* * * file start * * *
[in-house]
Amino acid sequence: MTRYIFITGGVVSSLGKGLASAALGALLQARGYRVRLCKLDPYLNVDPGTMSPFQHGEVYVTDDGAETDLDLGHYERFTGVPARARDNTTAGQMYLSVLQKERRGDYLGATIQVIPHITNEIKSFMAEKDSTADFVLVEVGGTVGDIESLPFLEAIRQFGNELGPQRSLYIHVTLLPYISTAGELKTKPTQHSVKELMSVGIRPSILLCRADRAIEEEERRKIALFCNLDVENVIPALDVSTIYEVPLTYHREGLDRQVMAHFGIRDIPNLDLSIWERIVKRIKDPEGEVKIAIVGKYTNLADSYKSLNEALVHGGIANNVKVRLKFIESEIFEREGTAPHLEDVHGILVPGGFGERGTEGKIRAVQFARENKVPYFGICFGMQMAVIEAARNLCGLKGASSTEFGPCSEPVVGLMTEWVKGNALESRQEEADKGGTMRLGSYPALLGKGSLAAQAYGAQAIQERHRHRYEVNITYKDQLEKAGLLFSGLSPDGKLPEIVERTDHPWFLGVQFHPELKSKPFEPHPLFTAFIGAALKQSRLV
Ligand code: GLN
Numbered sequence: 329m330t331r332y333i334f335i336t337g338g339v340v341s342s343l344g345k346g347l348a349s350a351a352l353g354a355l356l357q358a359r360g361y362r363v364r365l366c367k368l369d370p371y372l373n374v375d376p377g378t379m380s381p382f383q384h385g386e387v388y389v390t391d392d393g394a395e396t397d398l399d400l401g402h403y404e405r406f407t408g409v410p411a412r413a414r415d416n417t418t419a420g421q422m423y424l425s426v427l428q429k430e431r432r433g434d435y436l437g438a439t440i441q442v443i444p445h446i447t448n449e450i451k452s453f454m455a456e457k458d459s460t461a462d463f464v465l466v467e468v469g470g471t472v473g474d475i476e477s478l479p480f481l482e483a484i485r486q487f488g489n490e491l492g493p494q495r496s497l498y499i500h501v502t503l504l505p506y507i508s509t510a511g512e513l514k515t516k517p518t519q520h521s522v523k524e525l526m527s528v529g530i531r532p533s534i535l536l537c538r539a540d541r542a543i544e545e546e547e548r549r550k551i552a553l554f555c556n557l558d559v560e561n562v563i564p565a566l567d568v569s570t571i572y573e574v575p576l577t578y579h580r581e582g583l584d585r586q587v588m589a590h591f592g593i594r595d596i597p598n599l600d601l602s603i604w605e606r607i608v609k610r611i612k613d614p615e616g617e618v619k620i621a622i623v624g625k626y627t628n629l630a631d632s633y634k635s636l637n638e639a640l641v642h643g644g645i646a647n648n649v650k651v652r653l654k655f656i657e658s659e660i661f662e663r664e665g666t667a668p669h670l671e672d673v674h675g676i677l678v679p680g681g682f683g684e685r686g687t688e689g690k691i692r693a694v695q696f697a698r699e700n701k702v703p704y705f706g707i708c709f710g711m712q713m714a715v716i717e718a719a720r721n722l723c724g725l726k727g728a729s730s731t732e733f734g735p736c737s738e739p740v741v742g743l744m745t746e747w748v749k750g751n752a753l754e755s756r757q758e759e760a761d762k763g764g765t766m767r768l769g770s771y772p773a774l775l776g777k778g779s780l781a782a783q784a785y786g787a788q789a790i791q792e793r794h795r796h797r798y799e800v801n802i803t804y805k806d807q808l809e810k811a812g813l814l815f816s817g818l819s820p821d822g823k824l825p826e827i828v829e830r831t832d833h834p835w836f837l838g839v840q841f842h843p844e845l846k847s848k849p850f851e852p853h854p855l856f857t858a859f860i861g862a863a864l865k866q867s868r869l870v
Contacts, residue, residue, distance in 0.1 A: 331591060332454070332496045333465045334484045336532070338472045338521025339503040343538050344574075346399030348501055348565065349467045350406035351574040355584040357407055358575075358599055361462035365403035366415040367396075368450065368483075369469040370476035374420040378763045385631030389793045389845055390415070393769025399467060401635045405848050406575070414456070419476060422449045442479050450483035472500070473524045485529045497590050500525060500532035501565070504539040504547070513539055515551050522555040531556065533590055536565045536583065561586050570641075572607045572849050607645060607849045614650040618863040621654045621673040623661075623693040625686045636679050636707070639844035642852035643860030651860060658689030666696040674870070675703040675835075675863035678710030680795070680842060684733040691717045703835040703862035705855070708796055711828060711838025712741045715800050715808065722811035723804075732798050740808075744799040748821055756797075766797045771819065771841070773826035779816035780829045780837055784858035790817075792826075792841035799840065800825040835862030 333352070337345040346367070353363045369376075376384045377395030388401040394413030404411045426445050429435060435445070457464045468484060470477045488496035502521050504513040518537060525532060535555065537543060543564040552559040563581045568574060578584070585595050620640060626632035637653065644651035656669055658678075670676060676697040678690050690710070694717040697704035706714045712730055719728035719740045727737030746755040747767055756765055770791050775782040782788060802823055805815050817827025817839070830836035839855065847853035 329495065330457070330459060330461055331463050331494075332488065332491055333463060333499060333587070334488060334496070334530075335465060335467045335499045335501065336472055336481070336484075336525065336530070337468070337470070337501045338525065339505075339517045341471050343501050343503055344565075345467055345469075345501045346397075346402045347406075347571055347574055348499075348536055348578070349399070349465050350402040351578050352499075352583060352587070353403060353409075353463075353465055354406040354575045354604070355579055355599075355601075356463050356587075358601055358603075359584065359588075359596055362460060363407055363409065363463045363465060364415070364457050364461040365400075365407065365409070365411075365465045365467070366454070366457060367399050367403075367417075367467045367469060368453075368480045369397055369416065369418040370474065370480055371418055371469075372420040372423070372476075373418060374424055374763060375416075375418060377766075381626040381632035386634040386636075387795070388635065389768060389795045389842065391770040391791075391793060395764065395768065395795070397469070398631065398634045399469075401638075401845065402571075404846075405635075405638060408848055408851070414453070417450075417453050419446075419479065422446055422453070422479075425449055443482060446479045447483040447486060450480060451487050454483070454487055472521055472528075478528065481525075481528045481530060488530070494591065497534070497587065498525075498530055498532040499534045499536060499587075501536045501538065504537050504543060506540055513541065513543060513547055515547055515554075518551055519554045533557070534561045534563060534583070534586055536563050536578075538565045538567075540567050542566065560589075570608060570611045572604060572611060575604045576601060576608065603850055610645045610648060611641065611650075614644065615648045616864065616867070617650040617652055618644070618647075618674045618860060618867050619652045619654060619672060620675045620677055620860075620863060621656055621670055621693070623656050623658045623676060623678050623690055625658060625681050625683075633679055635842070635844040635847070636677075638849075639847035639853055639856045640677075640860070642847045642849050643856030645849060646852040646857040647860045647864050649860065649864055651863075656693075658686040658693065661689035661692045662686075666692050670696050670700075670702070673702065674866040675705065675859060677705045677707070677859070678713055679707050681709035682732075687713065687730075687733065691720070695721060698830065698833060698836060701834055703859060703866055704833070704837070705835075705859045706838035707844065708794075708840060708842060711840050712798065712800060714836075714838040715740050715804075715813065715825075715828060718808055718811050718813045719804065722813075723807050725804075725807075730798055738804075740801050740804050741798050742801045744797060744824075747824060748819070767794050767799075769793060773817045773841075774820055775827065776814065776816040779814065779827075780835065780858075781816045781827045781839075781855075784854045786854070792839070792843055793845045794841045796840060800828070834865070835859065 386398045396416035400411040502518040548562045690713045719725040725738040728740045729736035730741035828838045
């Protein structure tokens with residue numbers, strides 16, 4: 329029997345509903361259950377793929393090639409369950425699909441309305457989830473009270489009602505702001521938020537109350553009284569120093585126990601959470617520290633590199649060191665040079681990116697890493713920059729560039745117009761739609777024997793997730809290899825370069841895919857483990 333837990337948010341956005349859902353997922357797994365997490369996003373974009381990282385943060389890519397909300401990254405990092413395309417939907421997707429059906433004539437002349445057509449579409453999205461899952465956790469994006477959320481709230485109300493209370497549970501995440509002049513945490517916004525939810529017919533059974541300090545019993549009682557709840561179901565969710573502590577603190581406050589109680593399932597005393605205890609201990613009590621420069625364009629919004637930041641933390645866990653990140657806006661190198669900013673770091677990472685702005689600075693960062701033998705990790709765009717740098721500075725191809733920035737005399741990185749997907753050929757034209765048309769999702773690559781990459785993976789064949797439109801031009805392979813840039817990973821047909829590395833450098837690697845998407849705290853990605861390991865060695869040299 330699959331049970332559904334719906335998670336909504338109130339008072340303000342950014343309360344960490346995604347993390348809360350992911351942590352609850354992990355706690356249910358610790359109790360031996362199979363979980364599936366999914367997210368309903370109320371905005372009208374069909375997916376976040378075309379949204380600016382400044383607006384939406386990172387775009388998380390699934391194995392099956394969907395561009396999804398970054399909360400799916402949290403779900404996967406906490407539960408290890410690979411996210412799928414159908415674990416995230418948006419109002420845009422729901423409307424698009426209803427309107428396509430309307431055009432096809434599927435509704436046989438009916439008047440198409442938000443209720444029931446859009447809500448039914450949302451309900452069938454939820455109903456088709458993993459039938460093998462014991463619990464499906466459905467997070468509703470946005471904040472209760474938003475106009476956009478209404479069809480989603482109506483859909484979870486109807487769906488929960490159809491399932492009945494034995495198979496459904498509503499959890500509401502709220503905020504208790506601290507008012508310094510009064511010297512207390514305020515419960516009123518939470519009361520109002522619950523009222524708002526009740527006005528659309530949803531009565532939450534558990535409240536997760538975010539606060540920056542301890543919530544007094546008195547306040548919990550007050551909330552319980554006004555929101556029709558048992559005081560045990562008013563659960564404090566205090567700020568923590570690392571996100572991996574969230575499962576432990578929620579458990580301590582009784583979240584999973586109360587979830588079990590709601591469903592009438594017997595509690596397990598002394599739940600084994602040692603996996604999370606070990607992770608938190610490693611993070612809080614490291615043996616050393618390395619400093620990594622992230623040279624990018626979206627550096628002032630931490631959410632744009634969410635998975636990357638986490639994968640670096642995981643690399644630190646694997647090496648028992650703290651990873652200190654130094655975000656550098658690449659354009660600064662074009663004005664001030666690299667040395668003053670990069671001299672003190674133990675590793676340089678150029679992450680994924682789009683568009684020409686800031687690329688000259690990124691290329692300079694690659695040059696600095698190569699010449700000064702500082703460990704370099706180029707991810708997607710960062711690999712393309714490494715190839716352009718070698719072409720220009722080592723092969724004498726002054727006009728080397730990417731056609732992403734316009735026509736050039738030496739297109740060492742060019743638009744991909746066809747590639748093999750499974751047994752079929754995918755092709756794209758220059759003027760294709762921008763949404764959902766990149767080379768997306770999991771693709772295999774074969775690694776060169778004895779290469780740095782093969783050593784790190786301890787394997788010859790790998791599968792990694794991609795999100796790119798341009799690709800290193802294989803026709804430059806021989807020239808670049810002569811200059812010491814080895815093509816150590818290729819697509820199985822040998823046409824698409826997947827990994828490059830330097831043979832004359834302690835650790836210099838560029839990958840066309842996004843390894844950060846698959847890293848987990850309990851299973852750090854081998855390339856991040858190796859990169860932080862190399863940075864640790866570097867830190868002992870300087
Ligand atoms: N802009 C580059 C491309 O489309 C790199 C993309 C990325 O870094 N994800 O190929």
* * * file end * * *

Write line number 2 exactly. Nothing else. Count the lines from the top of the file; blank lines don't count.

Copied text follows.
Amino acid sequence: MTRYIFITGGVVSSLGKGLASAALGALLQARGYRVRLCKLDPYLNVDPGTMSPFQHGEVYVTDDGAETDLDLGHYERFTGVPARARDNTTAGQMYLSVLQKERRGDYLGATIQVIPHITNEIKSFMAEKDSTADFVLVEVGGTVGDIESLPFLEAIRQFGNELGPQRSLYIHVTLLPYISTAGELKTKPTQHSVKELMSVGIRPSILLCRADRAIEEEERRKIALFCNLDVENVIPALDVSTIYEVPLTYHREGLDRQVMAHFGIRDIPNLDLSIWERIVKRIKDPEGEVKIAIVGKYTNLADSYKSLNEALVHGGIANNVKVRLKFIESEIFEREGTAPHLEDVHGILVPGGFGERGTEGKIRAVQFARENKVPYFGICFGMQMAVIEAARNLCGLKGASSTEFGPCSEPVVGLMTEWVKGNALESRQEEADKGGTMRLGSYPALLGKGSLAAQAYGAQAIQERHRHRYEVNITYKDQLEKAGLLFSGLSPDGKLPEIVERTDHPWFLGVQFHPELKSKPFEPHPLFTAFIGAALKQSRLV